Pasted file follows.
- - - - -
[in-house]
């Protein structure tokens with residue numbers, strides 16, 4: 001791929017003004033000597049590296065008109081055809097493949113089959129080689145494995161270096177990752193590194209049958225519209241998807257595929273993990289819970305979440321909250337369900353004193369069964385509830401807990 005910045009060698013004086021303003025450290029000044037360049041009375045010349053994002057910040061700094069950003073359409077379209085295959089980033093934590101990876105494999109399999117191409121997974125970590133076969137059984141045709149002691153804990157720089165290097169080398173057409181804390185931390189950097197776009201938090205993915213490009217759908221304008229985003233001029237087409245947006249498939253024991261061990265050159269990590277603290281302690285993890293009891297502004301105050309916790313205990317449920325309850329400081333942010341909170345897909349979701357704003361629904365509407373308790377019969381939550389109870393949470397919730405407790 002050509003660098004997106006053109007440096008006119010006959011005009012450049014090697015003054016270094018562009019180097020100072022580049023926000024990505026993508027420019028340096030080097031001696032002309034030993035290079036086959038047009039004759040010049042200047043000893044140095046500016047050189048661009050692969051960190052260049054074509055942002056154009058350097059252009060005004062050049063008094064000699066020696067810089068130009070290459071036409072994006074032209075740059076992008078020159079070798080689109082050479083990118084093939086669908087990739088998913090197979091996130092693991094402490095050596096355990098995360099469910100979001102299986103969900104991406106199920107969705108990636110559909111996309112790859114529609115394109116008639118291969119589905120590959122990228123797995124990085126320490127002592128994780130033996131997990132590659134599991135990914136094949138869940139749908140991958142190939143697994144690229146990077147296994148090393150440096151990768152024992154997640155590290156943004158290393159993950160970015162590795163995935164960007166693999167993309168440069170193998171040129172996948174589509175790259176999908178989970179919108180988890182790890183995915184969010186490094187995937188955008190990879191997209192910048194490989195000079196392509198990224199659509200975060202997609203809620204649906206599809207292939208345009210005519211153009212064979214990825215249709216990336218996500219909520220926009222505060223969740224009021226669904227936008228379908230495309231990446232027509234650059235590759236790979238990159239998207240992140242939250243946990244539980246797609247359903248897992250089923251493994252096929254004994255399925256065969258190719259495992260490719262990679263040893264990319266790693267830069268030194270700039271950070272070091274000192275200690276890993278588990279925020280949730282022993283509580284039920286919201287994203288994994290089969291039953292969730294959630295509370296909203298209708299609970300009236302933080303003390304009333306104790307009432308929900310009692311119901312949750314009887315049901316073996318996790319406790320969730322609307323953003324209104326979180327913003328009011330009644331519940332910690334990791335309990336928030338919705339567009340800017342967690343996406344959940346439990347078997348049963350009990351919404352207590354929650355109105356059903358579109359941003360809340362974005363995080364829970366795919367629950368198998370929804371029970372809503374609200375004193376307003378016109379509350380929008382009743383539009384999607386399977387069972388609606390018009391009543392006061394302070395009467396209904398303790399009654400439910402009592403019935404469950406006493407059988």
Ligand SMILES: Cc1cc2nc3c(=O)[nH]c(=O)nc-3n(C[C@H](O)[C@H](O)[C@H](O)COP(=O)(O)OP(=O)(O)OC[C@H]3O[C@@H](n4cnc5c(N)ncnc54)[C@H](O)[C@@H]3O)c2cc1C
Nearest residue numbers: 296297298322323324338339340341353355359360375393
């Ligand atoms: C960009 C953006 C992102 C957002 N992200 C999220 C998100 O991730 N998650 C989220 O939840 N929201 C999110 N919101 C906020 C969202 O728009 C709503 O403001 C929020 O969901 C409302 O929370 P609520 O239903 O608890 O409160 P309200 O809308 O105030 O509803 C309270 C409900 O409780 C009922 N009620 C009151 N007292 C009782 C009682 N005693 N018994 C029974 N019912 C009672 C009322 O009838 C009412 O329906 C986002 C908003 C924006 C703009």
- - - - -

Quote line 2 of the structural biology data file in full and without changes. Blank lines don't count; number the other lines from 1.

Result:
């Protein structure tokens with residue numbers, strides 16, 4: 001791929017003004033000597049590296065008109081055809097493949113089959129080689145494995161270096177990752193590194209049958225519209241998807257595929273993990289819970305979440321909250337369900353004193369069964385509830401807990 005910045009060698013004086021303003025450290029000044037360049041009375045010349053994002057910040061700094069950003073359409077379209085295959089980033093934590101990876105494999109399999117191409121997974125970590133076969137059984141045709149002691153804990157720089165290097169080398173057409181804390185931390189950097197776009201938090205993915213490009217759908221304008229985003233001029237087409245947006249498939253024991261061990265050159269990590277603290281302690285993890293009891297502004301105050309916790313205990317449920325309850329400081333942010341909170345897909349979701357704003361629904365509407373308790377019969381939550389109870393949470397919730405407790 002050509003660098004997106006053109007440096008006119010006959011005009012450049014090697015003054016270094018562009019180097020100072022580049023926000024990505026993508027420019028340096030080097031001696032002309034030993035290079036086959038047009039004759040010049042200047043000893044140095046500016047050189048661009050692969051960190052260049054074509055942002056154009058350097059252009060005004062050049063008094064000699066020696067810089068130009070290459071036409072994006074032209075740059076992008078020159079070798080689109082050479083990118084093939086669908087990739088998913090197979091996130092693991094402490095050596096355990098995360099469910100979001102299986103969900104991406106199920107969705108990636110559909111996309112790859114529609115394109116008639118291969119589905120590959122990228123797995124990085126320490127002592128994780130033996131997990132590659134599991135990914136094949138869940139749908140991958142190939143697994144690229146990077147296994148090393150440096151990768152024992154997640155590290156943004158290393159993950160970015162590795163995935164960007166693999167993309168440069170193998171040129172996948174589509175790259176999908178989970179919108180988890182790890183995915184969010186490094187995937188955008190990879191997209192910048194490989195000079196392509198990224199659509200975060202997609203809620204649906206599809207292939208345009210005519211153009212064979214990825215249709216990336218996500219909520220926009222505060223969740224009021226669904227936008228379908230495309231990446232027509234650059235590759236790979238990159239998207240992140242939250243946990244539980246797609247359903248897992250089923251493994252096929254004994255399925256065969258190719259495992260490719262990679263040893264990319266790693267830069268030194270700039271950070272070091274000192275200690276890993278588990279925020280949730282022993283509580284039920286919201287994203288994994290089969291039953292969730294959630295509370296909203298209708299609970300009236302933080303003390304009333306104790307009432308929900310009692311119901312949750314009887315049901316073996318996790319406790320969730322609307323953003324209104326979180327913003328009011330009644331519940332910690334990791335309990336928030338919705339567009340800017342967690343996406344959940346439990347078997348049963350009990351919404352207590354929650355109105356059903358579109359941003360809340362974005363995080364829970366795919367629950368198998370929804371029970372809503374609200375004193376307003378016109379509350380929008382009743383539009384999607386399977387069972388609606390018009391009543392006061394302070395009467396209904398303790399009654400439910402009592403019935404469950406006493407059988």